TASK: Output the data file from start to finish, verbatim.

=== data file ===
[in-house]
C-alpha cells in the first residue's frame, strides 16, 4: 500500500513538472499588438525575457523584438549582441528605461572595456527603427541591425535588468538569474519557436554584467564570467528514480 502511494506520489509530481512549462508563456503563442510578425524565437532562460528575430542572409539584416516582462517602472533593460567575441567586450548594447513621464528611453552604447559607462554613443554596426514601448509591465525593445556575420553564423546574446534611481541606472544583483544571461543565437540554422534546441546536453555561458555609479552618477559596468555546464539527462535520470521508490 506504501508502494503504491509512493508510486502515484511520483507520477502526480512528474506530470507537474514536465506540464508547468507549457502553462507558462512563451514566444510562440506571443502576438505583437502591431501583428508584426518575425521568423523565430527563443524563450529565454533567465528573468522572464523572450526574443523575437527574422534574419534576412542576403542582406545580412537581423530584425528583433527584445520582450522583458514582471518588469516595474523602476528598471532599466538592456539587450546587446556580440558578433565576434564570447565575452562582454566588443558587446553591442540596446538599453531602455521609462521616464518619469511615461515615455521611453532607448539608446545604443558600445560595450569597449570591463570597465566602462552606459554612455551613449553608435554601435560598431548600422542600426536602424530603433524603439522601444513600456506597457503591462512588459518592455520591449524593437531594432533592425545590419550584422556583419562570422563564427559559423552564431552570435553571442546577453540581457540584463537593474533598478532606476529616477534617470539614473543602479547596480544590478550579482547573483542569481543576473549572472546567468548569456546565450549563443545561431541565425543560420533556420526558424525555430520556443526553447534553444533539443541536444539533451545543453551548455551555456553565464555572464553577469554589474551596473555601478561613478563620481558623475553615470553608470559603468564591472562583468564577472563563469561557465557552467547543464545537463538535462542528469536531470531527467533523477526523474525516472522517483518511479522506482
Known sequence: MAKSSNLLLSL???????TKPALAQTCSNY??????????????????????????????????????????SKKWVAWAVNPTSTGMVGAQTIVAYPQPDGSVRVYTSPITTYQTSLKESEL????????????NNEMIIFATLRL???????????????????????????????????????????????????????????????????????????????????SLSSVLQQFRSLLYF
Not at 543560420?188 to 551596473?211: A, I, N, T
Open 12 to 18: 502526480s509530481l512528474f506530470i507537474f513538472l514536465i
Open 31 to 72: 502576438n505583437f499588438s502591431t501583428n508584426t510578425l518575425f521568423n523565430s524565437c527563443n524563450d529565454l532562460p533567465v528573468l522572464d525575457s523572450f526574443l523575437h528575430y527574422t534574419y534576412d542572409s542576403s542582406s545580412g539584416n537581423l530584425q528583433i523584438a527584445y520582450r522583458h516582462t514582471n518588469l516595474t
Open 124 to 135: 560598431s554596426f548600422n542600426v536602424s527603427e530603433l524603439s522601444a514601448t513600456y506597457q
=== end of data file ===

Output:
[in-house]
C-alpha cells in the first residue's frame, strides 16, 4: 500500500513538472499588438525575457523584438549582441528605461572595456527603427541591425535588468538569474519557436554584467564570467528514480 502511494506520489509530481512549462508563456503563442510578425524565437532562460528575430542572409539584416516582462517602472533593460567575441567586450548594447513621464528611453552604447559607462554613443554596426514601448509591465525593445556575420553564423546574446534611481541606472544583483544571461543565437540554422534546441546536453555561458555609479552618477559596468555546464539527462535520470521508490 506504501508502494503504491509512493508510486502515484511520483507520477502526480512528474506530470507537474514536465506540464508547468507549457502553462507558462512563451514566444510562440506571443502576438505583437502591431501583428508584426518575425521568423523565430527563443524563450529565454533567465528573468522572464523572450526574443523575437527574422534574419534576412542576403542582406545580412537581423530584425528583433527584445520582450522583458514582471518588469516595474523602476528598471532599466538592456539587450546587446556580440558578433565576434564570447565575452562582454566588443558587446553591442540596446538599453531602455521609462521616464518619469511615461515615455521611453532607448539608446545604443558600445560595450569597449570591463570597465566602462552606459554612455551613449553608435554601435560598431548600422542600426536602424530603433524603439522601444513600456506597457503591462512588459518592455520591449524593437531594432533592425545590419550584422556583419562570422563564427559559423552564431552570435553571442546577453540581457540584463537593474533598478532606476529616477534617470539614473543602479547596480544590478550579482547573483542569481543576473549572472546567468548569456546565450549563443545561431541565425543560420533556420526558424525555430520556443526553447534553444533539443541536444539533451545543453551548455551555456553565464555572464553577469554589474551596473555601478561613478563620481558623475553615470553608470559603468564591472562583468564577472563563469561557465557552467547543464545537463538535462542528469536531470531527467533523477526523474525516472522517483518511479522506482
Known sequence: MAKSSNLLLSL???????TKPALAQTCSNY??????????????????????????????????????????SKKWVAWAVNPTSTGMVGAQTIVAYPQPDGSVRVYTSPITTYQTSLKESEL????????????NNEMIIFATLRL???????????????????????????????????????????????????????????????????????????????????SLSSVLQQFRSLLYF
Not at 543560420?188 to 551596473?211: A, I, N, T
Open 12 to 18: 502526480s509530481l512528474f506530470i507537474f513538472l514536465i
Open 31 to 72: 502576438n505583437f499588438s502591431t501583428n508584426t510578425l518575425f521568423n523565430s524565437c527563443n524563450d529565454l532562460p533567465v528573468l522572464d525575457s523572450f526574443l523575437h528575430y527574422t534574419y534576412d542572409s542576403s542582406s545580412g539584416n537581423l530584425q528583433i523584438a527584445y520582450r522583458h516582462t514582471n518588469l516595474t
Open 124 to 135: 560598431s554596426f548600422n542600426v536602424s527603427e530603433l524603439s522601444a514601448t513600456y506597457q